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Four Steps to Prepare Your Data for Presentation

By Jacquelyn Adams

This week, we are spicing things up a bit with this two-part article on data and our role in presenting it effectively. Natalia Kmieć-Braun was kind enough to lend her expertise as a co-author. Natalia is a Learning and Development Consultant and a Storyteller who spends her days working on training and communications for corporate clients at Accenture.

When it comes to classic box office hits, disaster movies are among the top of the list, even if they can be a bit predictable and formulaic. Typically, at the very beginning, we meet an expert — a scientist or an experienced worker — who presents the other characters with hard evidence predicting a future catastrophe. As a rule, the expert is universally ignored (hello, obvious plot device), and the consequences are, well, disastrous.

Unfortunately, this cliché of ignoring experts is not just a big screen trope, it happens in real life. Some of us have even experienced similar interactions in our workplaces. So why can’t numbers speak for themselves and, more importantly, what can we do to make sure our information is not only heard but also understood and taken seriously? The answer is twofold. The first part revolves around verifying and demonstrating the credibility of the data itself.

Before you present your data to anyone, make sure it’s solid. While verifying credibility is always a priority, if your data might have dramatic consequences, whether accepted or ignored, be sure it is reviewed with a fine-toothed comb and with fresh eyes.

    1. Question the source

Firstly, if you’re not the author or primary researcher, do a deep dive into the source. Is it reputable? Are the numbers up to date? Do other sources back it up? Also, when it comes to the actual researcher/author, are there any factors that can be skewing the data? One example of this could be if the research was funded by someone with a vested interest in certain results? These days, we’re bombarded with information. Without constant vigilance, we are at risk of accepting data that is outdated or based on a bias. This can immediately negate any trust and interest garnered during the presentation.

    1. Broaden your perspective

Once you are satisfied that you have reviewed the data to the best of your ability, have a trusted colleague take a look at it for you. Fresh eyes are the opportunity to catch a myriad of errors. It’s only natural that, after reading the results 10 times, we practically learn them by heart and our brain stops paying attention to details. But we don’t want to alarm anyone because of a simple mistake that we made when we were tired. Or the new perspective could provide new questions. By looking at things from a fresh angle we can get a broader scope on the problem. It is much more effective than sticking with our own tunnel vision and only reading what we expect to see.

    1. Question your analysis

Once we have good, reliable data, it is time to think about the conclusions that we are drawing from it. By taking time to question ourselves, we can avoid falling prey to common analysis mistakes. Watch out for confirmation bias, confusing correlation with causation, overfitting and other traps.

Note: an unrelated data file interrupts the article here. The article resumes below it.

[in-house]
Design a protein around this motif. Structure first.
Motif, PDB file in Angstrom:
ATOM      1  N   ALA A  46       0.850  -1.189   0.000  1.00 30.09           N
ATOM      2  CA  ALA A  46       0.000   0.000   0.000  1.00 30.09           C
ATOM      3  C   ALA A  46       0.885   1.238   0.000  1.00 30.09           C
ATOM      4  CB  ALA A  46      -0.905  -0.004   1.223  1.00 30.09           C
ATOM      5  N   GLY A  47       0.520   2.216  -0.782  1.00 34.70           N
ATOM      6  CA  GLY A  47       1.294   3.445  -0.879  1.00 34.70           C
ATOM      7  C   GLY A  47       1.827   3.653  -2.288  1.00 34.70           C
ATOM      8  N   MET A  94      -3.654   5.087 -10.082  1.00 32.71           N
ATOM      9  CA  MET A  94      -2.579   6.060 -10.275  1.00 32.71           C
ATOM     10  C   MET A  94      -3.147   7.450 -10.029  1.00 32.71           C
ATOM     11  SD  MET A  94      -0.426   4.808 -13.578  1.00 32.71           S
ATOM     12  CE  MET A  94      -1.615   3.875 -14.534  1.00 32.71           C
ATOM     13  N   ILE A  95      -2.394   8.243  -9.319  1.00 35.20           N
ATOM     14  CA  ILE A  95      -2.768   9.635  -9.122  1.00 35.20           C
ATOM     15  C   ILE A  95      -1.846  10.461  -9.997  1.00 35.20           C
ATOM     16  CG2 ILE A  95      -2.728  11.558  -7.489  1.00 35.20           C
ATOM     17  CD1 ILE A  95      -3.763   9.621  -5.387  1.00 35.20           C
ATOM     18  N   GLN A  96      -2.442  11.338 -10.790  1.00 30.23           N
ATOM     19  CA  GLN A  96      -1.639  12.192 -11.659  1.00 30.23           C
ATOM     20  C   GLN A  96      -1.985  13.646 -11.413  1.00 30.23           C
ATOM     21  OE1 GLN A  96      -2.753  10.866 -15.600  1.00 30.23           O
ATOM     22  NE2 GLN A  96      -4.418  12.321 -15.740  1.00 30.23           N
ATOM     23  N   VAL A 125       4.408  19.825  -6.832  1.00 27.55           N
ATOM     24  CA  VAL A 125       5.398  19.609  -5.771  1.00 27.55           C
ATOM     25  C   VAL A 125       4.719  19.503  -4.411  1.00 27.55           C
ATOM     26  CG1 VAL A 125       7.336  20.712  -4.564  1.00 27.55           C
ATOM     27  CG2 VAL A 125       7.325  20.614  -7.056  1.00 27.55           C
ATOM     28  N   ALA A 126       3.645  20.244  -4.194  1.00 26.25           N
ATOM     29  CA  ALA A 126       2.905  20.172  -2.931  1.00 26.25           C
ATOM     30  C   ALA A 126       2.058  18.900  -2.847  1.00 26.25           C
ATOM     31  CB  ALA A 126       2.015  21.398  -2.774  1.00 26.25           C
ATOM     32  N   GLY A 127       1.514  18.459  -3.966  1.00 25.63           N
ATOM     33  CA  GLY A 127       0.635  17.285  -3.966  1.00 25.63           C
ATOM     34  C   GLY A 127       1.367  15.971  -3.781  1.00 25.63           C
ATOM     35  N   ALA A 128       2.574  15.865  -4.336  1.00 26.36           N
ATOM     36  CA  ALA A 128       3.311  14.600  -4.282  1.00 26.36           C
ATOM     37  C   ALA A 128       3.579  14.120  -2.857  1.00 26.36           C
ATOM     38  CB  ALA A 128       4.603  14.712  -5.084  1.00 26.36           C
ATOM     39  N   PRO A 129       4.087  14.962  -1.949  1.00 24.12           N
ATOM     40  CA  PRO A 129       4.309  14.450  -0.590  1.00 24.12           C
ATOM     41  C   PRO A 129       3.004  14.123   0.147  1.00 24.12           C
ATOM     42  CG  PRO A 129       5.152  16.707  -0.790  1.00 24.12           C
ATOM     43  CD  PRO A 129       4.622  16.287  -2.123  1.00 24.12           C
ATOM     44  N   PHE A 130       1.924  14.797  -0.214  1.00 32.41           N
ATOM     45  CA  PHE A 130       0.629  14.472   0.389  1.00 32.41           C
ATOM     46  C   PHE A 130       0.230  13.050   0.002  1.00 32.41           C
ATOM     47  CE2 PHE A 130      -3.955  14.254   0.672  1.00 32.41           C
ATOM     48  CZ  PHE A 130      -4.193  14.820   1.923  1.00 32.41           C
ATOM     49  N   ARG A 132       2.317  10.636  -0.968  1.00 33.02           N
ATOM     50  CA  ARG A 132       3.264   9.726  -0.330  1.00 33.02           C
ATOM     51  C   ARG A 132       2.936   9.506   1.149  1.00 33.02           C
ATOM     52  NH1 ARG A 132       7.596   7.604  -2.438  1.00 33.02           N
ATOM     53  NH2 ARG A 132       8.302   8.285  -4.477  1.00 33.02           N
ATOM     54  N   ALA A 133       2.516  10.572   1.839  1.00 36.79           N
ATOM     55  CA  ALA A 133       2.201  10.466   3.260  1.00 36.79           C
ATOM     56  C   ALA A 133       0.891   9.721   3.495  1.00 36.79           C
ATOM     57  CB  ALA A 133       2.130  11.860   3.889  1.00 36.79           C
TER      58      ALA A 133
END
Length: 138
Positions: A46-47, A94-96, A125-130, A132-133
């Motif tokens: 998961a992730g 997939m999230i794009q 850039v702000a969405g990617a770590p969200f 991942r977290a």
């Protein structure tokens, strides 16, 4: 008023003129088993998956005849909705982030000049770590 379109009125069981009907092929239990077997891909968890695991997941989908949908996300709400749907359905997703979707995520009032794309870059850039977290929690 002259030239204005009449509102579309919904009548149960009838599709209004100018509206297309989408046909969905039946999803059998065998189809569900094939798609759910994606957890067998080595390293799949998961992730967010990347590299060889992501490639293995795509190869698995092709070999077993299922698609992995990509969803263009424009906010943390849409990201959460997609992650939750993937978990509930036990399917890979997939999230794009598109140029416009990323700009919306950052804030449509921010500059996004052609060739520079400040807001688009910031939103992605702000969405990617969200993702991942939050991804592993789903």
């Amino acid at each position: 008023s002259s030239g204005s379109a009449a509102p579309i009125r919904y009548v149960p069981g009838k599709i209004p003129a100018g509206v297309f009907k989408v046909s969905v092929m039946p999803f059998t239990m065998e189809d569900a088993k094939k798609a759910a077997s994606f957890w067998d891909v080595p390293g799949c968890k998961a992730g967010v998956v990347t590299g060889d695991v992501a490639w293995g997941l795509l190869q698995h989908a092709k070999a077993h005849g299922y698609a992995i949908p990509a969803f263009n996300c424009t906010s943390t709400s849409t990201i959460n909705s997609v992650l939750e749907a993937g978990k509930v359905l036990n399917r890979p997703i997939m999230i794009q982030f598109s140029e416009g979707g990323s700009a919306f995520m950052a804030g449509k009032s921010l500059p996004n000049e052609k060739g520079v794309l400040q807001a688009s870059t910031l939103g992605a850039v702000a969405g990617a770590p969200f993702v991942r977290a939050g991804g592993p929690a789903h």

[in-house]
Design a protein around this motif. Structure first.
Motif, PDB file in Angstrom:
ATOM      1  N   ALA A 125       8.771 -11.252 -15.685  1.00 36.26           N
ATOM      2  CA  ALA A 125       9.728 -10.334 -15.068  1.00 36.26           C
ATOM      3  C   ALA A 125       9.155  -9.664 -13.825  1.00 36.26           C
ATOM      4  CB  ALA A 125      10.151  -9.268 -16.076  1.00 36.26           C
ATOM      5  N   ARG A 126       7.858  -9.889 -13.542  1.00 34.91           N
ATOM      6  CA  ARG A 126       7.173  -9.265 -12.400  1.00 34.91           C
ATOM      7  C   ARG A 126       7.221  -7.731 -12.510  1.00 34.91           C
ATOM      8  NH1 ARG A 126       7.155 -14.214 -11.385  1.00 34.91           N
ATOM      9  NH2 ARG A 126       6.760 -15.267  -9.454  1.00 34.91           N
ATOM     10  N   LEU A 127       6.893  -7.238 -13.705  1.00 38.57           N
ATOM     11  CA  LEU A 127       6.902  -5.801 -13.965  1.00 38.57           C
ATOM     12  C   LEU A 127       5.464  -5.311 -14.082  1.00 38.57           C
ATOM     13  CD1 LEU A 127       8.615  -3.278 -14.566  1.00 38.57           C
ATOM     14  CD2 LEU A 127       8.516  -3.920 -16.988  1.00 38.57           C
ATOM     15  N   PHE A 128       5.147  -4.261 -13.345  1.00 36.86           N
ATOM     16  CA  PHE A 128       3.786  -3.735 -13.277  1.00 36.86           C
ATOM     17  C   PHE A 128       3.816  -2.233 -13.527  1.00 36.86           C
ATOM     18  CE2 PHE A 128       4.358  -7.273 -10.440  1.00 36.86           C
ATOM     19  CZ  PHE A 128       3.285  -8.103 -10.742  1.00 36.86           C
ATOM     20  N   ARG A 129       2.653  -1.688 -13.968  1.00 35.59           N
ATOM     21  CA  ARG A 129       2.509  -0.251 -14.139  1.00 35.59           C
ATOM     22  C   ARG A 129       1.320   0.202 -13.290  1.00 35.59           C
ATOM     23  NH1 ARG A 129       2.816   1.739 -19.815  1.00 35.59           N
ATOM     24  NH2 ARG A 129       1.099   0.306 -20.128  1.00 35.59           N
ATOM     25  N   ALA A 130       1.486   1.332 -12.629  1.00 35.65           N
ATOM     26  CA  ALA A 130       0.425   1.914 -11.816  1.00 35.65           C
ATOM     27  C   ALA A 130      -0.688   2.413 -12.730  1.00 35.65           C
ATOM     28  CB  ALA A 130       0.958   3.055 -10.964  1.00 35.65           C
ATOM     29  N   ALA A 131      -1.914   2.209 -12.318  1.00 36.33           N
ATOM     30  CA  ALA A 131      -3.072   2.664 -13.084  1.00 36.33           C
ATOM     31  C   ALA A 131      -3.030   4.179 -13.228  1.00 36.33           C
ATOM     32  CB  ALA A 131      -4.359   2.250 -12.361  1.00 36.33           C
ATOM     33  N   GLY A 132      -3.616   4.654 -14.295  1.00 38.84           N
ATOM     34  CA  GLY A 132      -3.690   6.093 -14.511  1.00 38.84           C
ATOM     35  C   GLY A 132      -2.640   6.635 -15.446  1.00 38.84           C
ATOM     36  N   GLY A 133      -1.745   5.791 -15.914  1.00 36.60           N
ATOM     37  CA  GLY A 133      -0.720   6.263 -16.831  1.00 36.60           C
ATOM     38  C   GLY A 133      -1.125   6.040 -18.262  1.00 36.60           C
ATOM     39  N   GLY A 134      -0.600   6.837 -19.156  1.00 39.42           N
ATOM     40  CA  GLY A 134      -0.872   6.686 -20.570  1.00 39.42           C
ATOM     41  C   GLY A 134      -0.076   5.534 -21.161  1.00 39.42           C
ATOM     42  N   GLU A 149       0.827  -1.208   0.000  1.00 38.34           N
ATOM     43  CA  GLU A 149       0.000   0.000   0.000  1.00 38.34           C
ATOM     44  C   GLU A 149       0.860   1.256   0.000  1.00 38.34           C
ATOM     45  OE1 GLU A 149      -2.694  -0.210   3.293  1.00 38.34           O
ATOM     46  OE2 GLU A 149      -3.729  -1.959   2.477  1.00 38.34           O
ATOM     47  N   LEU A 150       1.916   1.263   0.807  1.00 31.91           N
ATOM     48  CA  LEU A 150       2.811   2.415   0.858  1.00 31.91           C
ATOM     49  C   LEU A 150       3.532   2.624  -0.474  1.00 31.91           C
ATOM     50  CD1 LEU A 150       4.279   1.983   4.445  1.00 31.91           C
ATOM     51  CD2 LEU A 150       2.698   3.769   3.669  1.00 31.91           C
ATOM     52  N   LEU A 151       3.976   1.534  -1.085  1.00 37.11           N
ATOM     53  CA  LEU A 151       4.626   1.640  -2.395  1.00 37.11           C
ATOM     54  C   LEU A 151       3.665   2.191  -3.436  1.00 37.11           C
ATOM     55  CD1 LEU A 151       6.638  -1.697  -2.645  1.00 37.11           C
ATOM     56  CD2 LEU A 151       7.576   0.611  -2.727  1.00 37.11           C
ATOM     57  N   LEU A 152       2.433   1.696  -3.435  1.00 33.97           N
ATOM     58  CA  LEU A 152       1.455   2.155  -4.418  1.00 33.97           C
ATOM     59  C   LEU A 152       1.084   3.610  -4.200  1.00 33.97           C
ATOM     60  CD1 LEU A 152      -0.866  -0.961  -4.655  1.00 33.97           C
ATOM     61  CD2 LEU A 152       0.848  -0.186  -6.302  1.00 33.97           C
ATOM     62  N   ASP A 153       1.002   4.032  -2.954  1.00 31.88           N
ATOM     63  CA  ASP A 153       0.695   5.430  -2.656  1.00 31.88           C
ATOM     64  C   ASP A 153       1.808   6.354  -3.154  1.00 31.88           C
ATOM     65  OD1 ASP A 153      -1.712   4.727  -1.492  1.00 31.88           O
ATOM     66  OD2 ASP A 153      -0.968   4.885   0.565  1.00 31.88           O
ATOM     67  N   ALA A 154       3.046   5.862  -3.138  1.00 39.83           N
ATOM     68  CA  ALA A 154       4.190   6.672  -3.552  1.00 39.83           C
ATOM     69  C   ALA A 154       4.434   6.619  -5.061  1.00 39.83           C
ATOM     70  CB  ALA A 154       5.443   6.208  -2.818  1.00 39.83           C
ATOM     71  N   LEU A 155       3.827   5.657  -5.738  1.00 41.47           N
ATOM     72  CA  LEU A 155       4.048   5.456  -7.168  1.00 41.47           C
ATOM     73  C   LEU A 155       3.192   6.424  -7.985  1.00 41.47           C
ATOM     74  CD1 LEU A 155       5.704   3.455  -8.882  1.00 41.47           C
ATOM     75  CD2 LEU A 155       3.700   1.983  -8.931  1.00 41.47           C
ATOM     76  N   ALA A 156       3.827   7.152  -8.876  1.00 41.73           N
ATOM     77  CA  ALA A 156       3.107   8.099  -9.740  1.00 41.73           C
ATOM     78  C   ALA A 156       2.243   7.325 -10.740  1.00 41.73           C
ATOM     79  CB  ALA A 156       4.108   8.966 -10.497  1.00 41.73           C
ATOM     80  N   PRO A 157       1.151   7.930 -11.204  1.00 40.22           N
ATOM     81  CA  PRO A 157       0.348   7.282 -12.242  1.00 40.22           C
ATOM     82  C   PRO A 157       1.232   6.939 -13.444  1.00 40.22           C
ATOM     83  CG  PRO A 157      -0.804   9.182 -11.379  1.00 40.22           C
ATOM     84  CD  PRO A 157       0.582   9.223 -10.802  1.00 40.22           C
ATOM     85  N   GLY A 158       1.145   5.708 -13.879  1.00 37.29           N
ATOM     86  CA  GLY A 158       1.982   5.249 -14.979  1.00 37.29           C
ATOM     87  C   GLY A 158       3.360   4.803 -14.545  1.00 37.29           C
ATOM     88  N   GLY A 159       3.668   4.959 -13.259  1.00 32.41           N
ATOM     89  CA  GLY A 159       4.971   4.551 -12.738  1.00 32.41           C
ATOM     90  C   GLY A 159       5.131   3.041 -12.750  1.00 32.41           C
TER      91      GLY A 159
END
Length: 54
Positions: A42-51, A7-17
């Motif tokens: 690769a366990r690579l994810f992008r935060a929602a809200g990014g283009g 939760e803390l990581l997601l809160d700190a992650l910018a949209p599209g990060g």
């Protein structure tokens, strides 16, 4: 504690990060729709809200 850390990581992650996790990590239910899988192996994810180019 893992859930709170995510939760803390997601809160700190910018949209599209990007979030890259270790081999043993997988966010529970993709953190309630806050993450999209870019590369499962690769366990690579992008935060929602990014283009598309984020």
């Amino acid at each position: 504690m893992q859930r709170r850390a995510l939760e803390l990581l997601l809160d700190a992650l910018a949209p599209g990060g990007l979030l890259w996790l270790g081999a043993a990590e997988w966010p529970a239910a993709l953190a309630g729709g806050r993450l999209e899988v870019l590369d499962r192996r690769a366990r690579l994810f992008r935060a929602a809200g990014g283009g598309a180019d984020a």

1. Prepare your presentation

Once the results, integrity and extrapolations of the data are confirmed, the final step is to prepare to disseminate this information. It might sound obvious, but the crux of this is to be honest about the results. It can be very tempting to slightly embellish the numbers, round them up, or omit the data that doesn’t support our hypothesis entirely. It can even be done with the best of intentions. Experts have wanted to make the conclusions clearer to non-expert audiences. However, this approach runs the risk of backfiring quite dramatically. As soon as someone asks that one unfortunate question, all of the data and results can fall apart based on our credibility’s doubt. We do not need to take that risk when preparing to share our data.

In the end, solid data that has been double-checked and effectively prepared (without embellishment or omission) is very hard to dismiss and is the gateway to getting people to listen. However, that data might only get the meeting booked. Since data cannot speak for itself, check back for the next part of this two-piece series to find out how we can effectively lend our voices to that data.

Jacquelyn Adams is a storyteller and an award-winning CEO. She lives in a world of constant exploration, whether it’s summiting Mount Kilimanjaro, vlogging about the future of work… or discovering how she’d do in a chocolate eating contest (answer: last place). Find more of her Lessons on Leadership articles here or connect with her on LinkedIn here.

Jacquelyn Adams

Jacquelyn Adams, founder and CEO of Ristole, uses her column to delve into the wild world of leadership. Whether the article is about her days as a Peace Corp volunteer, exploring corporate training, or even grabbing lunch at Chipotle — she will come out with a story and her “top tips.” As she passionately believes in leveraging her platform to share others’ voices, her column welcomes guest bloggers to create a fuller and more diverse pool of experiences for her readership. So, welcome to “Lessons on Leadership” where you never know what the next article will hold: online networking advice, guidelines for creating a joyful workplace, or even puppies. Just keep reading to discover what’s next!

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